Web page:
Preserving and Promoting local history for the former Rideau Township
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The March Presentation on Joseph Currier 

Presenter: Hannah Blaine

Article by Owen Cooke, Pictures by Maureen McPhee

Hannah Blaine, now a fourth year history and political sci-ence student at Queen’s University in Kingston, was the Society’s research student in the summer of 2016. On a snowy Wednesday night in March she told a hardy group of nineteen members and guests about her project to doc-ument the story of Joseph Merrill Currier.

Hannah Blaine presenting

Hannah Blaine presenting on Josepy Merrill Currier

Currier was born in North Troy, Vermont, in 1820, and attended primary school there. In 1837, at age seven-teen, he came to Canada with the intention of entering the timber trade. He first settled in Buckingham, Quebec, and worked in the Bigelow Mill. While there he met Christina Wilson, whom he married in 1846. They moved to Bytown about 1849. His first son was born about that time. In Bytown, Currier managed the lumber business of McKay and McKinnon Co., with mills at Rideau Falls. While there, he was introduced to Moss Kent Dickinson, who also worked for the firm. In 1853 the business was leased to Currier and David McLaren, and later operated by Currier alone.

Three of four Currier children died of typhoid in 1858, and Christina died of what the Victorians referred to as a “broken heart”. Currier himself was busy in his career. In addition to the mill he was a partner in the Victoria Found-ry. In 1859 he served one term as Alderman on the Council of the new City of Ottawa. Recognizing the value of the sawn lumber trade to the United States and of the site at the control dam in Manotick, he joined Dickinson in building mills there, and bought up lots around the dam in 1858-59. The state of the art turbines for the mill were fashioned at the Victoria Foundry. Currier also built a “cottage” on one of his properties on Mill St.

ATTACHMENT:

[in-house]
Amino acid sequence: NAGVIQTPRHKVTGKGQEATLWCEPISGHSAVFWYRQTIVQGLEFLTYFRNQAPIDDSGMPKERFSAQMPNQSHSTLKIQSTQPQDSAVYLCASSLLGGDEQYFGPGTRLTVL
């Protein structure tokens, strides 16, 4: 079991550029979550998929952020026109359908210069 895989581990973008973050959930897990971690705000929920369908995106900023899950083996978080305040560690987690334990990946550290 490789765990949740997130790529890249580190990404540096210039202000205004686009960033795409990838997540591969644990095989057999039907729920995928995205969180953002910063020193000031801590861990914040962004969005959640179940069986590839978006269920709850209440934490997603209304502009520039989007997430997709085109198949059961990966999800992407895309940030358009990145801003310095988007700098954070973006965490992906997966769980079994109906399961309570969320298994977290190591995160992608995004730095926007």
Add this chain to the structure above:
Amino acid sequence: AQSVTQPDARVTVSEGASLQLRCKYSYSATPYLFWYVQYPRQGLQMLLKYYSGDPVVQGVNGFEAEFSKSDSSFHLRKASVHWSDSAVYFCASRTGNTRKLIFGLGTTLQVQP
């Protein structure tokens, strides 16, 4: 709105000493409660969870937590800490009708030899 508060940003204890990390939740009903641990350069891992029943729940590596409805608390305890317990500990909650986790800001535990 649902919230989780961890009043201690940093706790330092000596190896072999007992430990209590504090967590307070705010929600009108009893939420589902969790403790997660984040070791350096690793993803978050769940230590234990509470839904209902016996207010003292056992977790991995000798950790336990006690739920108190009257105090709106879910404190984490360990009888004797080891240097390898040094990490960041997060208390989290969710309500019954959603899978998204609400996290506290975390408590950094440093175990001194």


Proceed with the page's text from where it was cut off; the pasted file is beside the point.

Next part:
In January 1861 Currier married again, to Anna Crosby, an American from Lake George, New York, and twenty years his junior. Only two months later she died tragical-ly, her dress caught in the machinery of the grist mill in Manotick. Her husband soon sold his interests in the mills, to concentrate on his businesses in Ottawa.

Josephp Currier's - Beechwood Monument

Joseph's Currier's Beechwood Monument


On the right an early picture of 24 Sussex Drive

In 1863 he was elected to the Legislative Assembly of the then Province of Canada (1841-1867), in its last sittings in Quebec City. He was elected as the first Member of Par-liament for Ottawa in the new House of Commons in 1867, and continued to represent the city through to 1882. In politics he was a Liberal-Conservative, but was not really attached to a party. He was always concerned about tariffs, and how they impacted his business.

He married for a third time in 1868, to Hannah Wright. For her he constructed “Gorphwysta”, or “haven of rest”, a mansion at 24 Sussex Drive, designed by his brother and today the official residence of the Prime Ministers. The following year they added a ballroom, where in 1870 they entertained Prince Arthur, later Duke of Connaught and Governor-General of Canada, on his tour of Canada and the United States.

Currier had many other interests in Ottawa. He was the first president of Beechwood Cemetery Co., a director of the Ottawa Agricultural Society, president of the newly-formed Rideau Club, a director of the Ottawa City Pas-senger Railroad Co., president of the Citizen Printing and Publishing Co., a member of the Board of Trade, as well as holding other positions in the community.

However, changes in the tariffs on timber to the United States, and then a fire destroying his mills in Hull, left him bankrupt by the late 1870s. He took on the position of Postmaster of Ottawa. This was a salaried position, whereas being an M.P. was unpaid in those years. He remained Postmaster until his death..

Brian Earl thanking Hannah for her presentatio

Brian Earl thanking Hannah for her excellent presentation.

Joseph Currier died in 1884, at a New York inn, returning from a voyage undertaken to Bermuda for his health. He is buried in Beechwood Cemetery, along with his first two wives and the three children who pre-deceased him, and whose bodies he had moved to the new cemetery. Han-nah concluded that Joseph Merrill Currier was an im-portant contributor to public and business life in Ottawa through the latter part of the nineteenth century.

A lively question and answer session on various aspects of his life and influence followed, and a descendent of Currier offered interesting insights on his private life. Re-freshments and conversation concluded the evening.

Early Picture of 24 Sussex